She of the Tide
|She of the Tide|
Another in a series of tales taken down from oral tradition, “She of the Tide” is a story about Elléa’caesíë, the Lady of Chaos and Liberty in Estel’s Pantheon. It is a favorite of anarchists and revolutionaries, much like the deity herself. In truth, the tale has many variations, but Pilye’iea Yajenseth is regarded as the “official” or “basic” version.
She of the Tide
A clap of thunder masked the cry of a dark-haired woman who was perched on the crest of a wild wave. Her dress was a dusky, twilight blue, and adorned with a spray of pearls and mysterious, silver flowers. As the wave crashed to the shore, it was revealed that the woman rested upon the brow of a Rockback Whale, which was partially submerged. She jumped from her standing place onto the sand as lightning crashed into the violent, tumbling sea. With a wicked grin, she dismissed her companion, who retreated into the deep with a bellow.
Fresh-faced, with indulgent and haughty Altalar features, the woman marched purposefully onto the sand, while the storm raged behind her. She lifted her arms, leveling her fingertips with her shoulders. She made a lazy gesture with her left hand, swirling it. As she did, the storm intensified, and her expression darkened. A smile played upon her lips as she called down a lightning strike to illuminate her path. In the flash, the outline of a fine estate was revealed, surrounded by orchards. She approached it with cruel determination as her dark locks flowed in the wind behind her.
She approached the edges of an orchard, and flung her arms wide open. As she wiggled her fingers, the tree branches grew heavy, laden with fruits native neither to those trees nor the land. She smiled, made another gesture, and the original fruits all rotted at once, falling to the ground. Marching onward, thunder seemed to clap above her head, and mist swirled at the skirts of her dress. She lifted her chin, approached the gates of the estate, and threw them open. She laughed mirthlessly, and knocked on the doors of the house with unnatural strength. A young servant answered, in terror and sleepiness.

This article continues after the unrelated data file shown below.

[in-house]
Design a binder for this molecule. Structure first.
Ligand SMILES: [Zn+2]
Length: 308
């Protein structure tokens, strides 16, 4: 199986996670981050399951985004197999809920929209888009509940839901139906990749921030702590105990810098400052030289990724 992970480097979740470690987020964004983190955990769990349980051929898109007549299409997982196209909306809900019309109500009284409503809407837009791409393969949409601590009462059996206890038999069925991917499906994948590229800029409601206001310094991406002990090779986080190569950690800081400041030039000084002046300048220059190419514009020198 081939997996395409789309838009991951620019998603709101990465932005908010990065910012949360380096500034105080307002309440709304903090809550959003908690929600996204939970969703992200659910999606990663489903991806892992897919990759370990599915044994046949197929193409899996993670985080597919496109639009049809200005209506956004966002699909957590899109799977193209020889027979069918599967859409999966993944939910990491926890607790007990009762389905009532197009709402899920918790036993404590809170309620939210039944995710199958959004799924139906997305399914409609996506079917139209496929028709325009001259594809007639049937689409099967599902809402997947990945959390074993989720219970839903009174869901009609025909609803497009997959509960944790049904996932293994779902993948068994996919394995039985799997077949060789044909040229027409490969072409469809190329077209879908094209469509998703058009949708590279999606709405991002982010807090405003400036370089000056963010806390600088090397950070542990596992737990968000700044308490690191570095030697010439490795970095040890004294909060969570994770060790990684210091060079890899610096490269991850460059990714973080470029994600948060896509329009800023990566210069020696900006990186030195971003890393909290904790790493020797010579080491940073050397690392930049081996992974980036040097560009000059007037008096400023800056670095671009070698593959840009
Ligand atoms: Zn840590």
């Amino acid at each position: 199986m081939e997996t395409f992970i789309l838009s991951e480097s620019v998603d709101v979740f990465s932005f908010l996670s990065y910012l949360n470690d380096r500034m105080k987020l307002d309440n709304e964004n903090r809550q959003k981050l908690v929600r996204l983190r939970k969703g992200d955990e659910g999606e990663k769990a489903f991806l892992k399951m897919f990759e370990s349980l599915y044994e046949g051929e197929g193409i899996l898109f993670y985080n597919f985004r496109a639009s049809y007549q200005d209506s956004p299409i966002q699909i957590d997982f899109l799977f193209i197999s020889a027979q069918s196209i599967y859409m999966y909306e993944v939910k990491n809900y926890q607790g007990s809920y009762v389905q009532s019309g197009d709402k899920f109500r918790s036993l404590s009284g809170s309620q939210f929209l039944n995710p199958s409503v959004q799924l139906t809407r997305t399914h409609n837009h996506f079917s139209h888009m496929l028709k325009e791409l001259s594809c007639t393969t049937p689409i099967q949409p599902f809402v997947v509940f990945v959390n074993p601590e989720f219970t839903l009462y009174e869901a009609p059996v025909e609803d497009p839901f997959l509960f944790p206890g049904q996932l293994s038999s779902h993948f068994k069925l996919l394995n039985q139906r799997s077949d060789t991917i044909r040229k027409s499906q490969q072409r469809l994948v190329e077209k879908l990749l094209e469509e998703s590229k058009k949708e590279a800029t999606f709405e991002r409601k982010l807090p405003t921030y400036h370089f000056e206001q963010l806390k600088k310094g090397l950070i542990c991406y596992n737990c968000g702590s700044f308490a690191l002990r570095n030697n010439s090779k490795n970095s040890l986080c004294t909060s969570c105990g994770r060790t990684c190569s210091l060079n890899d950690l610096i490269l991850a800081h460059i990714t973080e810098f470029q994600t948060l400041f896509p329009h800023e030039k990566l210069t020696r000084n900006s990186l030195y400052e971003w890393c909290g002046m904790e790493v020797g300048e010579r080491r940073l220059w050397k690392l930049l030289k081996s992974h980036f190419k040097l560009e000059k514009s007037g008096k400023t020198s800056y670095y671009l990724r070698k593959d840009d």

“Let me pass, girl, and you shall be free from the bonds of your servitude.”
She did so.
She touched the serving girl’s shoulder, and the pearls upon her dress vanished, appearing instead on a string around the young girl’s neck. The disheveled child gasped, curtsying deeply, then scampered away into the night with its rotting orchards and treacherous storm.
The woman continued onwards and rain poured mournfully on the manor. With her fine shoes clapping against the polished floor, she ascended the staircase, her mere presence supernaturally using other members of the household staff. They came to her, one by one, and one by one, she released them, handing a beauteous, blooming flower to each one.
Of the last she asked a simple question.
The kitchen boy, with shining eyes responded, bowing deeply, even before she spoke. He offered a prayer and she kissed his forehead.
“Where does your master sleep, my child?”
“Up and to the left, Lady Elléa’caesíë.”
“Thank you, my dearest one. You are blessed. Fortune shall find you, and subservience is scratched out from your destiny.”
She turned away and he looked to his hands, with new and terrible knowledge. The woman ascended the steps, walking towards the chambers that had been pointed out to her. She opened the doors, effortlessly, and approached the sleeping man. Impiously, he did not wake.
She scowled down upon him, and thunder clapped. She breathed out, and electricity crackled. His eyes shot open, reflecting the sparks of energy that flickered from the woman’s hands. Apathetically, she plucked the last remaining flower from her dress, and placed it on his lips. Its petals shon with their silver color, and she made a simple gesture. Metallic vines sprouted, and spread over his face. The man gasped and struggled, growing pale. His life began fading. The vines enveloped him, and more silvery flowers sprouted.
Thunder clapped. The woman brought her hands up, then slammed them down. The ensuing crack of lightning momentarily illuminated the terrified, glimmering eye of the master of the house; the only part of him visible beneath the vines, as well as the vindicated face of the goddess.
After it, there was only fire.
- Many adult Estel worshipers still fear thunderstorms after being terrified by this violent tale in their youths.
- It is said the fruits that Elléa’caesíë caused the trees to grow in the story were some sort of massive, golden apple. A province of the Elven Empire was said to harvest these apples to product many delicious foods until the Cataclysm and subsequent Orc Invasion.